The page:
Milestone Ocean Space Centre - Campus development
A milestone for the Ocean Space Centre
A milestone for the Ocean Space Centre
Ocean Space Centre is moving one step closer to realization. A new report from Statsbygg confirms that the research centre can be realized on the current site at Tyholt in Trondheim, within previously calculated cost estimates.
Ocean Space Centre is the future national centre for education, research and technology development for the marine industries, with great importance for Norway as a sea nation.
New report confirms that the project can be realized
In November 2018, the government chose a concept for the center’s new laboratories and educational premises. The chosen concept is termed Ocean Space Laboratories, and Statsbygg was commissioned to prepare a so-called OFP report, which clarifies the overall framework for the project.
The OFP report is now handed over to the Ministry of Trade, Industry and Fisheries. It shows that the laboratories can be built on the existing site at Tyholt, and that the planning work can proceed to the next phase.
– Ocean Space Centre is one of our most important and largest construction projects within research. That is why I am pleased that the planning of Ocean Space Laboratories has passed yet another milestone, says Torbjørn Røe Isaksen (H), Minister of Industry.
Cost calculations confirmed
The report from Statsbygg confirms previous cost estimates, with an estimated investment (P50) of NOK 6.2 billion. The total area for laboratories, education and offices at Tyholt is about 48,000 square meters, reduced by ten percent compared to previous calculations.
– I am very pleased that one has found space-efficient solutions and that the area has been reduced since the previous investigation. That the cost calculations are so stable provides security for the work to come, says Harald Tom Nesvik (FrP), Minister of Fisheries.
Ocean Space Centre will be run by NTNU and SINTEF and will replace the current marine technical center at Tyholt in Trondheim. Today’s facilities are run-down and outdated. The oldest laboratories are from 1939, and the large sea basin was opened in 1981.
– Previous reports have stated that the development is economically profitable, and the new report confirms previous calculations. Now it is crucial to keep pace so that the center can be realized as quickly as possible. This means that funds must be allocated to the next phase in the state budget for 2020, says Vegar Johansen, CEO at SINTEF Ocean.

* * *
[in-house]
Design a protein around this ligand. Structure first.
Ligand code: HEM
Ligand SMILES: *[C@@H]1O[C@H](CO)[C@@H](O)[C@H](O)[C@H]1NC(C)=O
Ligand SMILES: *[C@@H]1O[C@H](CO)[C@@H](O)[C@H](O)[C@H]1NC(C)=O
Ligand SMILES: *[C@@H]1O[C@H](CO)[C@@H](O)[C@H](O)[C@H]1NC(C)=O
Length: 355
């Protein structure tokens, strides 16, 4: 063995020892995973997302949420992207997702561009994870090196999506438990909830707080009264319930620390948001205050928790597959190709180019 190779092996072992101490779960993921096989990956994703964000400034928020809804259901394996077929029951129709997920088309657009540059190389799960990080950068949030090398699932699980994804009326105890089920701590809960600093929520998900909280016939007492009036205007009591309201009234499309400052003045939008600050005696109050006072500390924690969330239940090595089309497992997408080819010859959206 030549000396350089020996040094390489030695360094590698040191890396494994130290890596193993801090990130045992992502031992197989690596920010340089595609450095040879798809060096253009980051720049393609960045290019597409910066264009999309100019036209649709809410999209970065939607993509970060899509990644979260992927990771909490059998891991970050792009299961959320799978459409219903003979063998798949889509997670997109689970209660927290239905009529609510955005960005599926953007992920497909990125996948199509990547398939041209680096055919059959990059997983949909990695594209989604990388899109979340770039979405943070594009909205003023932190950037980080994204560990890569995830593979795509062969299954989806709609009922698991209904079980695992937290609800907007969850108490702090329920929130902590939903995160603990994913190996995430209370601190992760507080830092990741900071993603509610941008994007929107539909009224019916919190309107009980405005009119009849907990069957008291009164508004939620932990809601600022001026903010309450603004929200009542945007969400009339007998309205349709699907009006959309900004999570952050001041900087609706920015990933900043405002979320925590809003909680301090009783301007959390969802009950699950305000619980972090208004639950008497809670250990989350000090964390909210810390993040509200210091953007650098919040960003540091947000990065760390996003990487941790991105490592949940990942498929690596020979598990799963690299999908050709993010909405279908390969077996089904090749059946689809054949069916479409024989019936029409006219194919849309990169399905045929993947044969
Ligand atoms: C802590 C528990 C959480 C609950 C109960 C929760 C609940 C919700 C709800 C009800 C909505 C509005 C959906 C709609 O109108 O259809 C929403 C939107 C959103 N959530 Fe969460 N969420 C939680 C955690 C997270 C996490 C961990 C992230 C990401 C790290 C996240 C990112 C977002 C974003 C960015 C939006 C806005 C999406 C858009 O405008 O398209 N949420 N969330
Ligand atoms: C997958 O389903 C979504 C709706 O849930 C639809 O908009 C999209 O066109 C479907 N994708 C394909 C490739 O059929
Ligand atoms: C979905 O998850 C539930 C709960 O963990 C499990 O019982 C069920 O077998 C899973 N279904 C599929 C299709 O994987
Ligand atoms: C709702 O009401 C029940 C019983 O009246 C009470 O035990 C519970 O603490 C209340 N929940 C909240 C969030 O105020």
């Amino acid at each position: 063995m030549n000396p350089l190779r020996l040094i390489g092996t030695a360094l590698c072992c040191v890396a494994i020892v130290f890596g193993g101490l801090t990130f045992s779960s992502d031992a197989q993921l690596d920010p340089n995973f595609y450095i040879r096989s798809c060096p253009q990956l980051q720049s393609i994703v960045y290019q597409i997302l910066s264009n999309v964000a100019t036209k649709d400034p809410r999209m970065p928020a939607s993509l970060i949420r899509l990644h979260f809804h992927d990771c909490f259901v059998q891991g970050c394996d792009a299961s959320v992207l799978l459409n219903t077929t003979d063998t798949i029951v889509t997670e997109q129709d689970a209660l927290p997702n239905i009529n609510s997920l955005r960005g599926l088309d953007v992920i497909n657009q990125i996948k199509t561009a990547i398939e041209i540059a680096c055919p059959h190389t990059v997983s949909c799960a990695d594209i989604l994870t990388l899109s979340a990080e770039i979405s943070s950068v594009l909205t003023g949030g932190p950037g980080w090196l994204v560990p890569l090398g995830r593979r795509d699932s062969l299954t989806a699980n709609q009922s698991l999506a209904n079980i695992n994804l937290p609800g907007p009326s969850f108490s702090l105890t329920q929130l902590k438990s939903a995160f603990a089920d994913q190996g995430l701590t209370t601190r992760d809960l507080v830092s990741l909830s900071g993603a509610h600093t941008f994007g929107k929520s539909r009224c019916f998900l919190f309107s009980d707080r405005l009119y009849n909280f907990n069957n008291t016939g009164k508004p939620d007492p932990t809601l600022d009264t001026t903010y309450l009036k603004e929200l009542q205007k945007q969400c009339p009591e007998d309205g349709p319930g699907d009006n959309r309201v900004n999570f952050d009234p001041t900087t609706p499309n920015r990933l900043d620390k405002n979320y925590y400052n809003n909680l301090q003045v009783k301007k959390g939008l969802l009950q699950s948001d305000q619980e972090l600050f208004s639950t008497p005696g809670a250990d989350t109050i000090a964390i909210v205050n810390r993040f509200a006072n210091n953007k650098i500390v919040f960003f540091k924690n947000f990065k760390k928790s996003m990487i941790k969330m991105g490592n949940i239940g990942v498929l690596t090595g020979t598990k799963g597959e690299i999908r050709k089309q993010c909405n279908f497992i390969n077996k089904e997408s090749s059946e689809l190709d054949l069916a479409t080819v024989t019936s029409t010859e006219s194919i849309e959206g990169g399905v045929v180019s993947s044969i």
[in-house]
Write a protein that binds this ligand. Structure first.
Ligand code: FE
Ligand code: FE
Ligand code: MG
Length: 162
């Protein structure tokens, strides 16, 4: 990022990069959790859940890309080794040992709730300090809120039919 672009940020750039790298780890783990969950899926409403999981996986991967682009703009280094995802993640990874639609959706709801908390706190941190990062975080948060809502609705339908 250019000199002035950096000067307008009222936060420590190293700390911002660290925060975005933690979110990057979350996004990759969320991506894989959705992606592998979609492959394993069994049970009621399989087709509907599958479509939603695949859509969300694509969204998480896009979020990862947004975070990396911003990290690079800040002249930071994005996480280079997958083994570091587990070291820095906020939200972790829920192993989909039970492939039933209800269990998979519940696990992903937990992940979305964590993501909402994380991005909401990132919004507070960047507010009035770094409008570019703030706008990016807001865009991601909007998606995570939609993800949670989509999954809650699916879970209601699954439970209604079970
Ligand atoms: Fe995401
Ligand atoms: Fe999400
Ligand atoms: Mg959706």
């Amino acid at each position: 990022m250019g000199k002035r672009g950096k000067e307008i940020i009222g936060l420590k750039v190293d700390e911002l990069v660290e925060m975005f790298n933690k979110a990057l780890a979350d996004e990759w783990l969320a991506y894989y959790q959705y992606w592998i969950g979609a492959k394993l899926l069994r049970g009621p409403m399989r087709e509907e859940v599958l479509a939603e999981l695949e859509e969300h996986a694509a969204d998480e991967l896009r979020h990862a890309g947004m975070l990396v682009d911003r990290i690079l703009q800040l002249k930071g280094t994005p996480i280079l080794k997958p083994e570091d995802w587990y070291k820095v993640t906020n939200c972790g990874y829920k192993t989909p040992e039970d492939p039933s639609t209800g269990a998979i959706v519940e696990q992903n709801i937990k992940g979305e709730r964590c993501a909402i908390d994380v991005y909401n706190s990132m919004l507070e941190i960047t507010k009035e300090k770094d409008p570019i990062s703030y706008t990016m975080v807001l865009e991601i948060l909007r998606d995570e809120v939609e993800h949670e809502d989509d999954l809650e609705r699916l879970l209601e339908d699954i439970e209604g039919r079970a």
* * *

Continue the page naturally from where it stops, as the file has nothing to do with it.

Olav Bolland, Dean of NTNU’s Faculty of Engineering, emphasizes the importance of quality in education:
– Good teaching provides good engineers and researchers who are needed if Norway is to retain its position as a maritime power. If NTNU should be able to offer the best possible teaching, it is crucial with modern equipment. The Ocean Space Centre will give the students at NTNU access to equipment and facilities that make it possible to remain world leading within teaching and research. Good facilities also make us more attractive to foreign students and PhD candidates, who will strengthen the research environment around the Ocean Space Centre, says Bolland.
In addition to the facilities at Tyholt, the Ocean Space Centre will also include infrastructure and testing opportunities in the sea on the Trondheim Fjord, Hitra/ Frøya and Ålesund. Great emphasis is placed on developing future-oriented solutions for the marine industries, with a focus on climate, the environment and digitization.
To ensure the progress necessary, the Ministry of Trade, Industry and Fisheries has commissioned Statsbygg to prepare for the next phase during the autumn of 2019. The activity in the autumn of 2019 is financed within the existing budget.
The pre-project phase is planned to be implemented in 2020-2021. Starting this phase requires funding from the Storting in the state budget for 2020.
Regulatory work will also be carried out during this phase, in collaboration with Trondheim municipality and in dialogue with neighbours and other stakeholders. Then detailed plans and regulations will be prepared and processed.
If the pre-project phase goes according to plan, the Storting can make a final decision on development in the autumn of 2021, and the development can start in 2022.
Olav Bolland, Dean at NTNU’s Faculty of Engineering. Tel. 918 97 209.
Vegar Johansen, CEO SINTEF Ocean. Tel. 918 82 170